Don’t say that about Dia de los Muertos … though Mexican gays make it fab
Dia de los Muertos, or Day of the Dead, is not a Mexican version of Halloween ghouls and goblins, but a day of remembrance for those friends and relatives that have traveled on.
Day of the Dead coincides with the Catholic holiday of All Saints Day on Nov. 1, a day to remember children and infants, and All Souls Day on Nov. 2, set aside to commemorate adults. Tradition calls for the building of altars (ofrendas) in homes and graveside, consisting of images of the deceased, flower of the dead called cempasúchil (gold marigolds), sugar skulls, candles and the deceased’s favorite food and drink. Cemeteries are visited and decorated in honor of the deceased, following a practice that dates back at least 3,000 years to pre-Hispanic America and a ritual the Aztecs initiated.
But like everything, traditions change. Ex-Dallasite Michael Parker Stainback, now living in Mexico City, says, “I’d say Halloween isn’t really celebrated [here], but has sort of leaked into Day of the Dead, so there are costume parties and a ton of decorations — which of course fags take to naturally.”
Day of the Dead festivities begin on Oct. 31, when trick-or-treating Mexican children not only ask for candy but also pesos; adults attend costume parties as well. But in Mexico, with the blending of the two cultures, the festivities, especially within the LGBT community, continue until Nov. 2. In Mexico, there is always a party.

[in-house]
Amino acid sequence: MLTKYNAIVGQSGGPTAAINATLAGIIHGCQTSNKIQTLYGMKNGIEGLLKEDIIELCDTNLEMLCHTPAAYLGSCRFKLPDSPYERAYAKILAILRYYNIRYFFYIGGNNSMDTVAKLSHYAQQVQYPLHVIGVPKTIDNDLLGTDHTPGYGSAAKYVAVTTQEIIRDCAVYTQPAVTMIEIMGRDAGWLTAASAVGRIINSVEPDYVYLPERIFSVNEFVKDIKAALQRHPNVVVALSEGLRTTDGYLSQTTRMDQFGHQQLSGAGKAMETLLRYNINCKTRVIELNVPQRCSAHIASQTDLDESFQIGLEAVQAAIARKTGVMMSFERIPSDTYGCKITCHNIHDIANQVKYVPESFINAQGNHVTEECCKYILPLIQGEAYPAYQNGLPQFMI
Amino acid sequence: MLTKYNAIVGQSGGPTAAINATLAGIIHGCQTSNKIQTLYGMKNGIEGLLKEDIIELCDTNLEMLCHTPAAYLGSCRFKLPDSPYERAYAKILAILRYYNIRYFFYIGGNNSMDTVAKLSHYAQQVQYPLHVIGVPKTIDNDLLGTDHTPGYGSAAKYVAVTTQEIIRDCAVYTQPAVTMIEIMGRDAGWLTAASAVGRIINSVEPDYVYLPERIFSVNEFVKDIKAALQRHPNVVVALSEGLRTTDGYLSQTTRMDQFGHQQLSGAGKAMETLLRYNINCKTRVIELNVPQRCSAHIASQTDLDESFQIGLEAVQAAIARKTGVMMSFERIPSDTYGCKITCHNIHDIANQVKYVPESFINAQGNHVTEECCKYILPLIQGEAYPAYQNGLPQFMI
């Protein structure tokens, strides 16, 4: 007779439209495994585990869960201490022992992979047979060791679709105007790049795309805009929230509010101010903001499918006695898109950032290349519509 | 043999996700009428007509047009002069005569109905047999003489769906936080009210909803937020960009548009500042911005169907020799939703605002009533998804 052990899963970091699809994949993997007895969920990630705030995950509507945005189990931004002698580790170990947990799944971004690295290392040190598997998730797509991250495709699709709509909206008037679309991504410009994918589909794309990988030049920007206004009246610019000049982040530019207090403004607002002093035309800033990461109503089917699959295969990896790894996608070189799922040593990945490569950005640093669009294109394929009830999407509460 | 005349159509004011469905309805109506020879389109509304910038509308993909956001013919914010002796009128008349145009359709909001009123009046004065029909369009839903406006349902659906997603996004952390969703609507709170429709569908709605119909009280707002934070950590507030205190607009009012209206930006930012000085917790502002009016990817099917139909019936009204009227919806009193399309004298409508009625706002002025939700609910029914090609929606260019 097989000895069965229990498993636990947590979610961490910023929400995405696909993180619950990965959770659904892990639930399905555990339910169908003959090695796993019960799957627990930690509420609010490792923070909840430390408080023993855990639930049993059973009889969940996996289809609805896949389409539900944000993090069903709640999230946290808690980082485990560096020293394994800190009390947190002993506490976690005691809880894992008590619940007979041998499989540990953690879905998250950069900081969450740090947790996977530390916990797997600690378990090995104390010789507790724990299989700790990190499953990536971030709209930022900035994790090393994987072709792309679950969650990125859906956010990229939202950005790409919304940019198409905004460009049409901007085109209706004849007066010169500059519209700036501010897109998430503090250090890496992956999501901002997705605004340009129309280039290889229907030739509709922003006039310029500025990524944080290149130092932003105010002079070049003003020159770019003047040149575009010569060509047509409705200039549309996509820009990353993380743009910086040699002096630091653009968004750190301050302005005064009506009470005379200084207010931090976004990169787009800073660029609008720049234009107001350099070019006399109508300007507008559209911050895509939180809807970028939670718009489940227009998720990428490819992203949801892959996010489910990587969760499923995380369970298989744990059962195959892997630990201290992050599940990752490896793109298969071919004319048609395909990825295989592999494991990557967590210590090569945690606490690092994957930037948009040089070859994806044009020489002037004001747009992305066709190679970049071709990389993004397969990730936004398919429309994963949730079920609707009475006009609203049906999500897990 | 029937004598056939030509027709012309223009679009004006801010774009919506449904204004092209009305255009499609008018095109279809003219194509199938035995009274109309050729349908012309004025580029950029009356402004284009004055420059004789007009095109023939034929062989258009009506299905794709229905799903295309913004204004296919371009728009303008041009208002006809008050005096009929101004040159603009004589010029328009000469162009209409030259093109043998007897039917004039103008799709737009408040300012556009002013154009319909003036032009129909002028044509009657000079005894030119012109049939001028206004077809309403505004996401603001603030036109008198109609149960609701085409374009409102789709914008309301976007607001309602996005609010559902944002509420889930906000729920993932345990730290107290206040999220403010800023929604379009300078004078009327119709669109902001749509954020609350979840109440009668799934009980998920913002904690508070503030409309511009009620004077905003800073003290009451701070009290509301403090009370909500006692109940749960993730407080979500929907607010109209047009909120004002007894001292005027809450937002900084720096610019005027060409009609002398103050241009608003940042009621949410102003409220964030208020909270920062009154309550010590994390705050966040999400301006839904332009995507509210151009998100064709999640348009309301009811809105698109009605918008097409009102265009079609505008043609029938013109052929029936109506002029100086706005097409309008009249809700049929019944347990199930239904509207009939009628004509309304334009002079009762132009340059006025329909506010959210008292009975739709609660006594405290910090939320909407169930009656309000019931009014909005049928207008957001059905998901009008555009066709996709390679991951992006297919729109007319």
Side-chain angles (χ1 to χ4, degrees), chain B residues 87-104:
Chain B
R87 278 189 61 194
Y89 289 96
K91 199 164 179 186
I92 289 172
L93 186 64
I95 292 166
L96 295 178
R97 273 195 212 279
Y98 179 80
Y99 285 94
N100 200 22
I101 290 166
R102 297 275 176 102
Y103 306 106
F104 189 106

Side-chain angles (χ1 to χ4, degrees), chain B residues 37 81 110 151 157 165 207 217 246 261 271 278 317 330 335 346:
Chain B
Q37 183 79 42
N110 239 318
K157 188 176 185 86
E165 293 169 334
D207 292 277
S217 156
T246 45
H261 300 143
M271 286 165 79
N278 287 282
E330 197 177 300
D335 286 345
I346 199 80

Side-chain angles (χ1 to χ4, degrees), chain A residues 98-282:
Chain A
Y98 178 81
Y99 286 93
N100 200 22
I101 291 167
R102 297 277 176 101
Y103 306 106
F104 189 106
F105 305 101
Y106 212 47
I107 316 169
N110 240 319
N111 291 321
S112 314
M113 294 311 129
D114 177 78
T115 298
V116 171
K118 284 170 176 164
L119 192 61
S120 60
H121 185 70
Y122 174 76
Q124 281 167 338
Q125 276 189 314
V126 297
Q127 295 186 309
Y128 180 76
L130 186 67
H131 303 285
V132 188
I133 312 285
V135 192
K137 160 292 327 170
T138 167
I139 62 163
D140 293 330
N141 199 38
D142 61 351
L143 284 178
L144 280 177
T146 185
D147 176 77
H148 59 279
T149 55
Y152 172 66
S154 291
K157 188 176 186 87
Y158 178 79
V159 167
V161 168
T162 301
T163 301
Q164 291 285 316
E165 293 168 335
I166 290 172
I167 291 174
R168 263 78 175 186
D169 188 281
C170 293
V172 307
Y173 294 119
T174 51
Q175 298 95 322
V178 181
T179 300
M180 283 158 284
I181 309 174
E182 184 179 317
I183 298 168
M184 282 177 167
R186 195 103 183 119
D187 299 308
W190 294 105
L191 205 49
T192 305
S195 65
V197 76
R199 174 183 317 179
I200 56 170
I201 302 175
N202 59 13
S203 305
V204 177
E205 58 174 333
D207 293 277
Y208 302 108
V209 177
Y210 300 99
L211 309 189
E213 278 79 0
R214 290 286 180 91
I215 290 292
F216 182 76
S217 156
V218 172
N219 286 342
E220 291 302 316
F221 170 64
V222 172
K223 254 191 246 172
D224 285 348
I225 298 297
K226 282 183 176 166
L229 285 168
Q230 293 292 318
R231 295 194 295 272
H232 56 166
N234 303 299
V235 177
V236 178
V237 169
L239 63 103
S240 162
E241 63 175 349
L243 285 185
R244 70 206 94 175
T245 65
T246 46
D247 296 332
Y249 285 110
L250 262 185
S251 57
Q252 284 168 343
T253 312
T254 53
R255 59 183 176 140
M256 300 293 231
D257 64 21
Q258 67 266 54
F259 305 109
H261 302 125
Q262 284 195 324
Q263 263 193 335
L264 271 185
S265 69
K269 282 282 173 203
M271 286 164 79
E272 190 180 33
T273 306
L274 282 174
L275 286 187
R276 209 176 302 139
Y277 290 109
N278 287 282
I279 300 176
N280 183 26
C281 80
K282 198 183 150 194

Community altars, art and performances take place around the city as well. Agustin Villalpando, editor of Mexico City’s LGBT Internet ‘zine Enkidu, points out that trans sex workers always make a street altar to remember their friends killed for being prostitutes on a street three blocks from Alameda Park, Mexico City’s main central park, that is exclusive for trans prostitutes.
That gives a much more serious twist on the idea of trick or treat.
— Jesus Chairez
Day of the Dead exhibits in Dallas can be enjoyed at the 25th Annual Dia de los Muertos Exhibition at the Bath House Culture Center through Nov. 12. The Latino Culture Center hosts a daylong celebration Saturday that embraces recycling. The exhibit continues through Nov. 3. Also on Saturday, the Bishop Arts Foundation presents its inaugural festival.
This article appeared in the Dallas Voice print edition October 28, 2011.
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